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Insights from a Former Google Employee Point Lagging Ethical AI Implementation

In this post:

  • Ethical AI implementation lags in companies, requiring faster action.
  • Toju Duke emphasizes the urgency of aligning with responsible AI practices.
  • Real-world consequences of AI bias underscore the need for change.

Toju Duke, previously the program manager for responsible artificial intelligence (AI) at Google, has raised concerns about the delayed implementation of ethical AI practices within companies. Despite rapid advancements in AI technology, Duke argues that many businesses are trailing behind the research community when it comes to understanding and applying responsible AI practices.

In her role at Google, Duke was responsible for overseeing the responsible development of AI across the company’s product and research teams. The emergence of AI technology has raised alarm among experts who warn of its potential to cause harm or even pose existential risks to humanity.

Calls for ethical AI regulation

Duke is among a group of experts in the field of ethical AI who have been advocating for stricter regulations for years. In 2023, both the United States and the European Union took steps to establish stronger governance concerning the treatment of AI technology. The EU, in particular, passed a draft law known as the AI Act in June 2023, aiming to control the use of potentially harmful AI tools, including facial recognition software.

Prominent tech giants, including Amazon, Google, Meta (formerly Facebook), and Microsoft, have accepted a non-binding agreement presented by the White House, outlining principles for the development and release of AI systems.

The need for speed in addressing ethical AI

While acknowledging these regulatory developments, Duke contends that companies engaged in AI development need to accelerate their efforts to align with responsible AI practices. She emphasizes the urgency of understanding how to develop “responsible” AI in line with the research community.

In her book, ‘Building Responsible AI Algorithms: A Framework for Transparency, Fairness, Safety, Privacy, and Robustness,’ Duke identifies a critical issue in the use of open-source data to train AI models. This data often contains harmful messaging, leading to biases that permeate AI applications.

Duke particularly points out the challenges posed by large language models (LLMs), which frequently exhibit bias, impacting various AI applications.

Real-World consequences of AI bias

Duke underscores the real-world consequences of AI bias, citing instances where it altered how computer vision systems interpreted images. Notably, both Google and Microsoft had to retract their facial recognition AI software due to misidentifying individuals with darker skin tones.

To address this bias-related issue, Google introduced a skin tone scale as an open-source tool to recognize a wide range of skin colors. Google stopped selling its facial recognition software through its cloud API but continues to use it in products like Google Pixel, Nest, and photos.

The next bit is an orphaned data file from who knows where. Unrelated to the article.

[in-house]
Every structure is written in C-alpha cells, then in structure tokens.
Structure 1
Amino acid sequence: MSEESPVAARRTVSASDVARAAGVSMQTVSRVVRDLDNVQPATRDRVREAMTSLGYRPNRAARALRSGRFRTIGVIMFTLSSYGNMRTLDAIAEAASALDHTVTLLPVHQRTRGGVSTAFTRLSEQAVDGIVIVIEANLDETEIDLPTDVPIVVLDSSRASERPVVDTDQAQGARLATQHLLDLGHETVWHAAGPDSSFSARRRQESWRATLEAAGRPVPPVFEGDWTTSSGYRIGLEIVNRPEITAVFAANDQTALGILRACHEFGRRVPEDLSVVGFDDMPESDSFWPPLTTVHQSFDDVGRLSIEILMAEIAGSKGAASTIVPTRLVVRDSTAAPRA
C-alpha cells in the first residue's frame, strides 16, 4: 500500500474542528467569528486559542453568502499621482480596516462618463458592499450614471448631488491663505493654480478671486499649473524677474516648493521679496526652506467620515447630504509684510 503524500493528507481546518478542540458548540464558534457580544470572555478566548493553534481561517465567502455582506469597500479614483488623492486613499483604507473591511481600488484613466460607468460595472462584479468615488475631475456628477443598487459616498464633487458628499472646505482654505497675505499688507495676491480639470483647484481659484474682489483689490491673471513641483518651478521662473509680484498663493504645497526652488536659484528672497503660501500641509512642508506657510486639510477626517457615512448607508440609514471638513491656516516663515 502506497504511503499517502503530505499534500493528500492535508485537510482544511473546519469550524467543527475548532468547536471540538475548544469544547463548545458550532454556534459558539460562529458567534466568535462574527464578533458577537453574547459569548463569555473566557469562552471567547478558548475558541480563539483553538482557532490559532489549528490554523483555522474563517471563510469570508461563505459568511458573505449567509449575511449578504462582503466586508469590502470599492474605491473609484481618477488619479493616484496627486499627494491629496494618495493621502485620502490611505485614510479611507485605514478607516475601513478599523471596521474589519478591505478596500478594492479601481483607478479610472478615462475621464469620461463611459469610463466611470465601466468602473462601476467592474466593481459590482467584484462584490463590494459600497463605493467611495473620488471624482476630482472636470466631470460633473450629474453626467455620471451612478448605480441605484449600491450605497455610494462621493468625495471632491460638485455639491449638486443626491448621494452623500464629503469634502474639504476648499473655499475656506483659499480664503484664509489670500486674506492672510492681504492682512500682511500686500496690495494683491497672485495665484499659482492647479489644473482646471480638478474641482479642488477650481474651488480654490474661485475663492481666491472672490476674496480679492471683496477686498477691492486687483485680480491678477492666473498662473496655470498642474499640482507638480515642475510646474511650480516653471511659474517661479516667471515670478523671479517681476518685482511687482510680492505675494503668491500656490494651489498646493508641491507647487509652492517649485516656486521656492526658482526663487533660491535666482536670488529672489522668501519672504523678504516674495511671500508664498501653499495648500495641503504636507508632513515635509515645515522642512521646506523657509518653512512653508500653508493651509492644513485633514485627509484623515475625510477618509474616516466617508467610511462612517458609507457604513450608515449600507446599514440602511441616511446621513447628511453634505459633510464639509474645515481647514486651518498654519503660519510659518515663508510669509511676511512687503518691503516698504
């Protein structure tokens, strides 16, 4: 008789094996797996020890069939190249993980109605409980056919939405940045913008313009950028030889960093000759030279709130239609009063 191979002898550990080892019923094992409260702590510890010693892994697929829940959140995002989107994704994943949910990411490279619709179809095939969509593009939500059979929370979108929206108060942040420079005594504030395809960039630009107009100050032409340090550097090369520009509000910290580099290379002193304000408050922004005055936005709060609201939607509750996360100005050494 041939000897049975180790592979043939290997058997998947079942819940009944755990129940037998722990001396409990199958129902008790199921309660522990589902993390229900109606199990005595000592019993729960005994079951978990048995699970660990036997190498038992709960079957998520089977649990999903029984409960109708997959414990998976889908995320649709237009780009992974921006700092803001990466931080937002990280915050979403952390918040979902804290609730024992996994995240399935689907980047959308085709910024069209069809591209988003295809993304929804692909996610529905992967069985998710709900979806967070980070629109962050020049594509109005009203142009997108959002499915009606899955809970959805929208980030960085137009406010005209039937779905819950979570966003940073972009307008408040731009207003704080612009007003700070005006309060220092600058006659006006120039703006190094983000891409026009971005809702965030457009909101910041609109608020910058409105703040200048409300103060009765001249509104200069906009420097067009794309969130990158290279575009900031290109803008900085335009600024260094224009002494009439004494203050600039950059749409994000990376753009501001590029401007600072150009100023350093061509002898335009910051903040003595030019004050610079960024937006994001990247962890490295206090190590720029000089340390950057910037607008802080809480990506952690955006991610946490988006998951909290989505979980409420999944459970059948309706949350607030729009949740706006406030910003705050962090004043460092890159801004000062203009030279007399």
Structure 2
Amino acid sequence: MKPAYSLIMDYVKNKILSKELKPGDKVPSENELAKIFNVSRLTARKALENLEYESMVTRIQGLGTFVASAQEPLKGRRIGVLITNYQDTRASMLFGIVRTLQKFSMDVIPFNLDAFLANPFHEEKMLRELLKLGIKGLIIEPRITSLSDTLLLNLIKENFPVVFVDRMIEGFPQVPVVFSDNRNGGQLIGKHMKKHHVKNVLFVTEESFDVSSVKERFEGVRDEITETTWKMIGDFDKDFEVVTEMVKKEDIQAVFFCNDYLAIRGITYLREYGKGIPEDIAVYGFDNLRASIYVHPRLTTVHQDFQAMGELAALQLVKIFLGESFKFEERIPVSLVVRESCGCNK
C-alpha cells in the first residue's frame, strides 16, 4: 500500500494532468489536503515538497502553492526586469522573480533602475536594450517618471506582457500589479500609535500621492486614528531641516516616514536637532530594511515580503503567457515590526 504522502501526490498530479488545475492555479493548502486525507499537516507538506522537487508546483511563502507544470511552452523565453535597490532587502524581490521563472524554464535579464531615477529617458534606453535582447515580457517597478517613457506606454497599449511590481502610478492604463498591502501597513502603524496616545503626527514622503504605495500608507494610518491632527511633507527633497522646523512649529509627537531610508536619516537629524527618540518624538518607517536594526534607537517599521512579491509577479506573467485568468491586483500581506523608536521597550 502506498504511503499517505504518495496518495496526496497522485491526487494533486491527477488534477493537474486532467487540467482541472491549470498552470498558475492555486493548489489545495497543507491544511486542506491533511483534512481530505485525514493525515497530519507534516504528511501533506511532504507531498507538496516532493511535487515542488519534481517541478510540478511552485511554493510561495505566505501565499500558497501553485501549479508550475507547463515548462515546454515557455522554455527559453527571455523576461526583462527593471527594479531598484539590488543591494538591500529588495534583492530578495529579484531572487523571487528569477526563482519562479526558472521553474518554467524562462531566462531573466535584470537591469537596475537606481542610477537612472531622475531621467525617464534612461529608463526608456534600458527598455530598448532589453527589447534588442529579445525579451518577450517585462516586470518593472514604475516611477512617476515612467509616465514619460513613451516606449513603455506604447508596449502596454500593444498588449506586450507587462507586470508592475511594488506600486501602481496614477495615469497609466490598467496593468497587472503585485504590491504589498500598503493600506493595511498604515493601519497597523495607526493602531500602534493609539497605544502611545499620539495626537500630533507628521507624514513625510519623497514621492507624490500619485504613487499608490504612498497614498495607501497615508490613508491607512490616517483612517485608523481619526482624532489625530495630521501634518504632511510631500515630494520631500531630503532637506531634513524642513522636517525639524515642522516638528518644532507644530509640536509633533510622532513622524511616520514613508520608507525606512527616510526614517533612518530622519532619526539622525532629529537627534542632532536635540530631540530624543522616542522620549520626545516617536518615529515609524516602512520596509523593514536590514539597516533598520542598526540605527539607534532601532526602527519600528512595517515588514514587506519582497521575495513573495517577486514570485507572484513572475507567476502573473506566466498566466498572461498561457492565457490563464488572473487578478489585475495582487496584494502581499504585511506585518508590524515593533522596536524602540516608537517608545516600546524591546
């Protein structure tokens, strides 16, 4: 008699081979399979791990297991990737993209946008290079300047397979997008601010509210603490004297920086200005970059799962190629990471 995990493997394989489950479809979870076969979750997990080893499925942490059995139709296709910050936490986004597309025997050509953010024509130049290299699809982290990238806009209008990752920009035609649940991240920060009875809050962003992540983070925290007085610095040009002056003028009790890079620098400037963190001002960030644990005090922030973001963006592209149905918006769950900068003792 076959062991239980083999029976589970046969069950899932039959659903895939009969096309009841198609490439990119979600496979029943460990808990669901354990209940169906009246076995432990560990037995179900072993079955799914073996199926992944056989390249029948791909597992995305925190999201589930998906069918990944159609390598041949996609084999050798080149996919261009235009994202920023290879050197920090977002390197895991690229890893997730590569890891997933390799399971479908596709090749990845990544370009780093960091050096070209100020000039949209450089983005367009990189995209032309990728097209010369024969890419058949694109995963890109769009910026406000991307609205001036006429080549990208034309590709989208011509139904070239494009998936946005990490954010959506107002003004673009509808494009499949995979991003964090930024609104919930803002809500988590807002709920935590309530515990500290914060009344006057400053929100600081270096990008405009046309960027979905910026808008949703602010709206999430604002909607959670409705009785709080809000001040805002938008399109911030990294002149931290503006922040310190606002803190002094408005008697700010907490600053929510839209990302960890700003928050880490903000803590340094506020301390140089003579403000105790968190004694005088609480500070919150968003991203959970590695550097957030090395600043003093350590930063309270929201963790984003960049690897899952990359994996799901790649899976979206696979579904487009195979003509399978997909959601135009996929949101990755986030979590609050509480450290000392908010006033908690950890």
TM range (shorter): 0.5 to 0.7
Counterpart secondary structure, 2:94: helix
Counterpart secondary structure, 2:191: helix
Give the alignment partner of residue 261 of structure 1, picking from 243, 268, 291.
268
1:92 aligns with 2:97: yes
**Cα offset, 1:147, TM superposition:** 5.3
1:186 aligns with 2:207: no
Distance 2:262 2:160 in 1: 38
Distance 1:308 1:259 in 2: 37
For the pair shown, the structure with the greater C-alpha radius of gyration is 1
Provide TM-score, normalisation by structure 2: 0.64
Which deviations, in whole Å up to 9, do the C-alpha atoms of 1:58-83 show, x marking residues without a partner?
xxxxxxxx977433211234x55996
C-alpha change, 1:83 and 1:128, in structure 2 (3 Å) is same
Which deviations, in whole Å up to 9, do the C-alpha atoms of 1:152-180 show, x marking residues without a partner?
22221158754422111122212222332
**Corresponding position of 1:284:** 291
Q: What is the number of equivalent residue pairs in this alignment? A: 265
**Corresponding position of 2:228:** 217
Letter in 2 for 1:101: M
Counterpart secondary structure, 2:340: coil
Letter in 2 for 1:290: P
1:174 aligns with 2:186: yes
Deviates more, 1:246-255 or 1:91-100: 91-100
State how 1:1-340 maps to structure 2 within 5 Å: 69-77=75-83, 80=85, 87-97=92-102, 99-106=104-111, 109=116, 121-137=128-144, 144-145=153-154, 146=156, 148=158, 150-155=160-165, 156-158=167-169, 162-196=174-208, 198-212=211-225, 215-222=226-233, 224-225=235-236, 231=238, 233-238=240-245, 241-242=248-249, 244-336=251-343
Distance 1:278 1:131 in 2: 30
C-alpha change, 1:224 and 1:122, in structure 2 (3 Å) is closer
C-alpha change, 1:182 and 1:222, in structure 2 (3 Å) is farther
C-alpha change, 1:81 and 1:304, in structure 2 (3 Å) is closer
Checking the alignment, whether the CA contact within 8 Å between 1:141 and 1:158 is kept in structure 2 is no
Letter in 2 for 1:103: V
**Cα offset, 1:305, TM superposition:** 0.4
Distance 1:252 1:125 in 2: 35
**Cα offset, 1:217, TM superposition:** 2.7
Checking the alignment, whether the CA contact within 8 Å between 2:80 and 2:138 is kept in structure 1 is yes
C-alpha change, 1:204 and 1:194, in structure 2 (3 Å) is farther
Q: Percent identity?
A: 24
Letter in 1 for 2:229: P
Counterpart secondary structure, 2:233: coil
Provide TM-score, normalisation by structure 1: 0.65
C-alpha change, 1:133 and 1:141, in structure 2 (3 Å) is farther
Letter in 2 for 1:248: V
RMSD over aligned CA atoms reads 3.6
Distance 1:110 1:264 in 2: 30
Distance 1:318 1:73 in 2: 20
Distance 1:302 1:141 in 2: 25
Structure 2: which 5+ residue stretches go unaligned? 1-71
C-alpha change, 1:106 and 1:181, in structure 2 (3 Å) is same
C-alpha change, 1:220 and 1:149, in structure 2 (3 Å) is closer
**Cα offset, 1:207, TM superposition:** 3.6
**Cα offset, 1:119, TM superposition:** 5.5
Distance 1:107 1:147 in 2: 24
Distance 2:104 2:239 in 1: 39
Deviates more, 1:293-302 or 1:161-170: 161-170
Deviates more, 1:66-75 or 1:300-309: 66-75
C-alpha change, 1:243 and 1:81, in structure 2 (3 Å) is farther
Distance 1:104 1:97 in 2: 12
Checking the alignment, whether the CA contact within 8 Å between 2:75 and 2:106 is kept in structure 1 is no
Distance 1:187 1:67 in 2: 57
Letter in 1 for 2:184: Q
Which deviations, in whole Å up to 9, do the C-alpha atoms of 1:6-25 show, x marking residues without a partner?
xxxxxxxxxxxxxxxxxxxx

Similarly, in 2022, Microsoft removed an AI-based cloud software feature designed to interpret characteristics like mood, gender, and age from its Azure Face API AI service due to inaccuracies and racial bias. However, this AI tool remained available for the “Seeing AI” app, which assists visually impaired customers.

Navigating AI’s growing influence

Duke asserts that AI is becoming increasingly popular despite its erroneous and harmful results across various modalities, including language, image, and speech processing. She argues that the core issue lies not with AI itself but with how it is managed and implemented.

In her book, Duke clarifies that AI is not inherently malevolent and emphasizes that it offers many benefits, progressively becoming an integral part of existing technologies. She highlights the importance of adjusting to, understanding, and ensuring the safe deployment, use, and adoption of AI.

Taking “Baby Steps” towards ethical AI

Duke suggests that businesses should take gradual steps to develop a more ethical version of AI accessible to the public. She advocates for the integration of values required by regulations into AI development.

One such value is fairness, which Duke believes can be built into AI models and applications by leveraging synthetic data for training. She also recommends transparent practices, such as publicly uploading datasets, to comply with regulatory laws.

Additionally, Duke advises companies to establish benchmarks aligned with the potential uses of their technology, allowing AI models and applications to undergo systematic bias testing.

Toju Duke’s insights shed light on the need for a more rapid transition to ethical AI practices within the industry. Her call for businesses to align with research community standards and regulatory values highlights the ongoing challenges in addressing AI bias and ensuring responsible AI development and deployment.

Disclaimer. The information provided is not trading advice. Cryptopolitan.com holds no liability for any investments made based on the information provided on this page. We strongly recommend independent research and/or consultation with a qualified professional before making any investment decisions.

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